Focus of the Week: Evolving Logistics

Supply chains and logistics are the circulatory system of the economy — and to understand what is happening economically, they are a great place to start.

Three noteworthy events occurred last week, and we believe they will shape the U.S. economy over the next decade:

1. The recent U.S.-China meeting in Alaska was highly contentious (link) (link).

2. China banned Tesla cars from military facilities and housing compounds, while curbing their use by employees of key state-owned companies due to spying concerns (link).

3. There are major moves in M&A, including a $25 billion railroad merger with huge implications — Kansas City Southern (KCS) and Canadian Pacific (CP) will combine to create the first U.S.-Canada-Mexico integrated service (link).

The third development is important, so let’s dive into it.

M&A activity provides great insight into future trends due to the size of capital businesses are risking and the level of analysis boards typically conduct.

COVID-19’s impact on supply chains is still being felt by companies, including rising issues at ports, which we’ve discussed in prior editions of The Pulse. The challenges the U.S. is facing with China (see above) further accelerate the reshoring of production. The merger between CP and KCS is a clear bet on the growth of manufacturing and production returning to North America — here’s why:

  • CP’s route network stretches across Canada and the Northern U.S. into Chicago and down to Kansas City.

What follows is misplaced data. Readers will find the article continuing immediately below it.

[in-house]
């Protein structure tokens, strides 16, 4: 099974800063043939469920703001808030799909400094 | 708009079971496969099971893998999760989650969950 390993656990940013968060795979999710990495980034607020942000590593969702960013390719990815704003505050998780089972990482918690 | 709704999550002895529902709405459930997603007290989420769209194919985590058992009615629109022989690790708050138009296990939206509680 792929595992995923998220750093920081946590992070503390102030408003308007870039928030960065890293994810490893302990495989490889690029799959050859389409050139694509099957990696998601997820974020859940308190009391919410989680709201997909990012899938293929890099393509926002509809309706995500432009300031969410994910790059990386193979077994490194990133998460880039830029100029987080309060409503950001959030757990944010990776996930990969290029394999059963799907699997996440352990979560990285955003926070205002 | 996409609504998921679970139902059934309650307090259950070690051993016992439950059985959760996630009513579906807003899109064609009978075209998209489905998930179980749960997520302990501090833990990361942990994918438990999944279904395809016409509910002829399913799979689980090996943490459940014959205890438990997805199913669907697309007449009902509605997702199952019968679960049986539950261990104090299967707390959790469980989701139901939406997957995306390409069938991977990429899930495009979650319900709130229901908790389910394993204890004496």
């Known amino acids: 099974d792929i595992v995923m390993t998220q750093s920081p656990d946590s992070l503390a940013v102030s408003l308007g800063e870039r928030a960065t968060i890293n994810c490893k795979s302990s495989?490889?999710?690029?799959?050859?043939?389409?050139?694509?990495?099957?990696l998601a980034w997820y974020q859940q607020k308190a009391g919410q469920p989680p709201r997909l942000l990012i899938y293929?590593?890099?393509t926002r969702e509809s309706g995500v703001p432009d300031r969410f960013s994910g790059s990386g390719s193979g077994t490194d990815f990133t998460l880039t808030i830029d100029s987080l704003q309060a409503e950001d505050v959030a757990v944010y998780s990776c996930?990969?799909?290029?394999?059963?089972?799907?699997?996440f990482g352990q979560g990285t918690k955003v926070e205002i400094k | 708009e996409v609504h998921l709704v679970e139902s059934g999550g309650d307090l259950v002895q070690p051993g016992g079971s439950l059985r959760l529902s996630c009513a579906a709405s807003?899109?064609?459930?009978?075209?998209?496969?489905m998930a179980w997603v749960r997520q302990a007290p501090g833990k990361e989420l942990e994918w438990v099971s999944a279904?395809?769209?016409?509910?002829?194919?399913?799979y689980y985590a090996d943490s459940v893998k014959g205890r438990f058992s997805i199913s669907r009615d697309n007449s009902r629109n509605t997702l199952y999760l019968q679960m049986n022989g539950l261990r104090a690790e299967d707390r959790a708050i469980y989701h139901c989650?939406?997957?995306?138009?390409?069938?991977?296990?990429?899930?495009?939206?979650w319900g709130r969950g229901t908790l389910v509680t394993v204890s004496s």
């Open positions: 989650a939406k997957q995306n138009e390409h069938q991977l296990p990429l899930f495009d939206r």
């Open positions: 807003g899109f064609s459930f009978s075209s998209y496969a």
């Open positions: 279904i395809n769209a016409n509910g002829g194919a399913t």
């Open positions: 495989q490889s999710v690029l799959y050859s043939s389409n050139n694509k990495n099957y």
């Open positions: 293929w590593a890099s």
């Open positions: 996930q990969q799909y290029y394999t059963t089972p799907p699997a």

• KCS stretches from Kansas City and south into Mexico. KCS’s jewel is its Mexican route network and its ability to cross the border into Texas.
CP-KCS-route-map

source: Railway Age

While the impact of this merger will span across industries, the auto industry specifically highlights the opportunity:

CP-KCS-route-map---auto

source: Railway Age

We see two critical takeaways from this deal:

1. Companies have the conviction to invest significantly in the reshoring of production, which may reshape North American economies; we believe this may lead to higher employment and potentially more inflation.

2. For companies to have greater control over supply chains, expect a wave of supply chain integration, including M&A and joint ventures. We believe that companies likely will look to acquire suppliers and vendors. Technology can accelerate these deals and the follow-up integration.

A Few Stories That Caught My Eye

  • In his next economic plan, President Biden is considering the first major tax hike since 1993 (link).
  • Goldman Sachs bankers are begging to work only 80-hour weeks in a stinging new corporate deck. Given the fact that Goldman has made public environmental, social and corporate governance (ESG) pledges, stories like this call into question the company’s ability to execute on its commitments (link).
  • White Claw and Truly control 75% of the fast-growing hard seltzer market. This article explores how hard seltzer’s viral success could transform the beverage market, as a whole (link).
  • Ray Dalio says it’s time to buy stuff amid “stupid” bond economics (link).

Disclosures